Friday, February 18, 2011

The Other Side of Midnight (1977)

          Adapted from a bestselling novel by shlockmeister Sidney Sheldon, The Other Side of Midnight provides a snapshot of Hollywood at a cultural crossroads. With its epic running time, international locations, and opulent production design, the romantic tragedy is a glossy example of old-school Hollywood escapism—yet the film’s abundant smut represents a concession to modern tastes. As a result, Midnight isn’t suited for either of its intended audiences: It’s way too sleazy for fans of classic Hollywood melodrama, and it’s way too ponderous for moviegoers craving exploitation. Although the picture runs a preposterous 165 minutes, the story is very simple. Poor French girl Noelle (Marie-France Pisier) learns to use sex to her advantage in the years leading up to World War II. During the war, she falls in love with a caddish American pilot, Larry (John Beck), who abandons her and later marries an American publicist, Catherine (Susan Sarandon). Hungry for revenge, Noelle seduces a super-rich Greek tycoon, Costantin (Raf Vallone), then uses his money to cause problems for Larry, eventually hiring him as the pilot for her private jet. Once the ex-lovers reunite, things get predictably ugly until the movie reaches its ridiculous conclusion.
          Why the film needs almost three hours to communicate this information is a mystery, but the strange thing is that Midnight isn’t exactly boring. There’s just enough bitchery, scheming, and sex in every sequence to keep things moving along. The problem is that it’s all so inconsequential. Noelle doesn’t engender much sympathy, and though very pretty, Pisier is cold and vapid. Larry is a one-dimensional asshole, a narrative shortcoming not overcome by Beck’s shallow performance. It’s even difficult to root for Catherine, despite the fact that Sarandon easily outclasses the rest of the cast with her earnest work; her character is written so poorly that Catherine is alternately mousy, shrewish, and stupid. To cut the unfortunate actors some slack, the fault is really in the underlying material, a storyline so contrived that viewers get hit with one scene after another like the following exchange between Noelle and her father. After Noelle refuses the sexual advances of an employer, dear old dad scolds her thusly: “War is coming. Beauty is your only weapon. Use it. Let the hand under your dress wear gold, and you will be that much ahead of the game.” Classy!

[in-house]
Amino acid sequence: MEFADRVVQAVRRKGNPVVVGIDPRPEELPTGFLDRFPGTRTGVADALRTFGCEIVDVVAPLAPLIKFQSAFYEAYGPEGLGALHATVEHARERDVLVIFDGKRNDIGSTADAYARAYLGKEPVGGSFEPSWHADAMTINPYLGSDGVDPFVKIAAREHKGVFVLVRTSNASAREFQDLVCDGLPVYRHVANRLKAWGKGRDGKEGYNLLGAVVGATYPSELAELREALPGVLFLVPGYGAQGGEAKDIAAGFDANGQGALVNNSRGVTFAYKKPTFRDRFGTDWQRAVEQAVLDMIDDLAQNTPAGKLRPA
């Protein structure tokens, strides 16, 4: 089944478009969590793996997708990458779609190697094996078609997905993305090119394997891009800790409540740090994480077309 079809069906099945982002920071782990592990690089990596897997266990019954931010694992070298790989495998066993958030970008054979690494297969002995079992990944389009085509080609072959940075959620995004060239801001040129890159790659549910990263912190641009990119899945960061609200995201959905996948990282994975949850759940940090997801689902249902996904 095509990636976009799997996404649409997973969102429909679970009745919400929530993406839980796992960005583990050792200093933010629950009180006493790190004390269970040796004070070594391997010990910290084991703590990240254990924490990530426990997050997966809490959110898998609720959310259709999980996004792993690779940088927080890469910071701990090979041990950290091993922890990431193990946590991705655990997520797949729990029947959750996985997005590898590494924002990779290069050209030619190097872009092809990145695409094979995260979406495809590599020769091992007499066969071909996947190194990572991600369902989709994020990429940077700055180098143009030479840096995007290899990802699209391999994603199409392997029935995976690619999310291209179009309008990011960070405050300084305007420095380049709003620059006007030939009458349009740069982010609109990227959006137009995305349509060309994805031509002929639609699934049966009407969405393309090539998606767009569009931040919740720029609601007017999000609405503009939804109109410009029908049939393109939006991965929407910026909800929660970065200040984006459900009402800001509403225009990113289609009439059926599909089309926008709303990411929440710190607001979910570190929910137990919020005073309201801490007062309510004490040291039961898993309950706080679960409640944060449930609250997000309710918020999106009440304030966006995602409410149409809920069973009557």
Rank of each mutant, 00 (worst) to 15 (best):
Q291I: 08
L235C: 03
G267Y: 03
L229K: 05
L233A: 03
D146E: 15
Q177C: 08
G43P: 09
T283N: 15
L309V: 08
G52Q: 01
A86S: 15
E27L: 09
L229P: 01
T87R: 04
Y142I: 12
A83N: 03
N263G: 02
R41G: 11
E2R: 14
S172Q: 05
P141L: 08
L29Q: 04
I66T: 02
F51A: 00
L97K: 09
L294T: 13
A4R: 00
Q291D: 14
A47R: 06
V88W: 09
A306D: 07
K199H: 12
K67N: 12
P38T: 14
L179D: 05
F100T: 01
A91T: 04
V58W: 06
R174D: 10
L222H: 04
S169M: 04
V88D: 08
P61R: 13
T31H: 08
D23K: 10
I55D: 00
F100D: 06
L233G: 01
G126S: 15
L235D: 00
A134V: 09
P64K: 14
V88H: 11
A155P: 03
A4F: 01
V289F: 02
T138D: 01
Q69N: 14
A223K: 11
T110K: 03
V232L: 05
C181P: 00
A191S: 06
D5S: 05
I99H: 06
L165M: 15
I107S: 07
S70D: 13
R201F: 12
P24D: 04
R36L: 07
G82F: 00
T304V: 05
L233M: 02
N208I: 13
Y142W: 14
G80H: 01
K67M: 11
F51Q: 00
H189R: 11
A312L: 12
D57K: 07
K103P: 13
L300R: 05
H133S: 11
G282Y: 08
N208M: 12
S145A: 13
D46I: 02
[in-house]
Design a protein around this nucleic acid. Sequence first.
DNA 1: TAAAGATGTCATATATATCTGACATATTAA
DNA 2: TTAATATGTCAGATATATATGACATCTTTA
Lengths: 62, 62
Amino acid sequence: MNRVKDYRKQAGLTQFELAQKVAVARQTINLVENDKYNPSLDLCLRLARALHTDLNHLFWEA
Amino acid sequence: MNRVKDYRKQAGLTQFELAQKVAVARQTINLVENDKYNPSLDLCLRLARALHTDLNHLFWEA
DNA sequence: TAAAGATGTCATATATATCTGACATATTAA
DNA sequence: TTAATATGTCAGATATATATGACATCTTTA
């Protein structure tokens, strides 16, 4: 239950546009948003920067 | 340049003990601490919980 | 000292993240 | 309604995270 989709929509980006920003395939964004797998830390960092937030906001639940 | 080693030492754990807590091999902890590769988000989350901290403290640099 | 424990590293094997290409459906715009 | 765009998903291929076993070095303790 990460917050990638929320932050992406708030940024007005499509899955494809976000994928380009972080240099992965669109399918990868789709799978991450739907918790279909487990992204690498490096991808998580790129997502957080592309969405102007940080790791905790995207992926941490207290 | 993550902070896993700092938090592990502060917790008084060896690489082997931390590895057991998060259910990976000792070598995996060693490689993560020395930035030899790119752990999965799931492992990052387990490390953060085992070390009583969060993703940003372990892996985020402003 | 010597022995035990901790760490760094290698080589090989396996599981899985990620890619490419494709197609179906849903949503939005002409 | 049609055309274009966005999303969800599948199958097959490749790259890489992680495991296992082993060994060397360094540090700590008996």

FYI, The Other Side of Midnight earned footnote status in film history because of an unusual aspect of its release. Twentieth Century-Fox execs were so confident the picture would be a hit, they demanded that every exhibitor showing the film also book a picture for which the studio had much lower expectations, a sci-fi adventure titled Star Wars. Suffice it to say that The Other Side of Midnight was as much of a box-office bust as Star Wars was a box-office bonanza. (Available as part of the Universal Vault Series on

The Other Side of Midnight: LAME

1 comment:

angelman66 said...

I guess you're right, this one is kind of lame, even though Marie France Pisier is very compelling as Noelle, and Susan Sarandon is plucky as catherine. I read this book as a kid, and you are right, the film version isn't nearly steamy's like one of those late 50s early 60s Douglas Sirk-style soap operas...bu somehow I always manage to watch it till the end.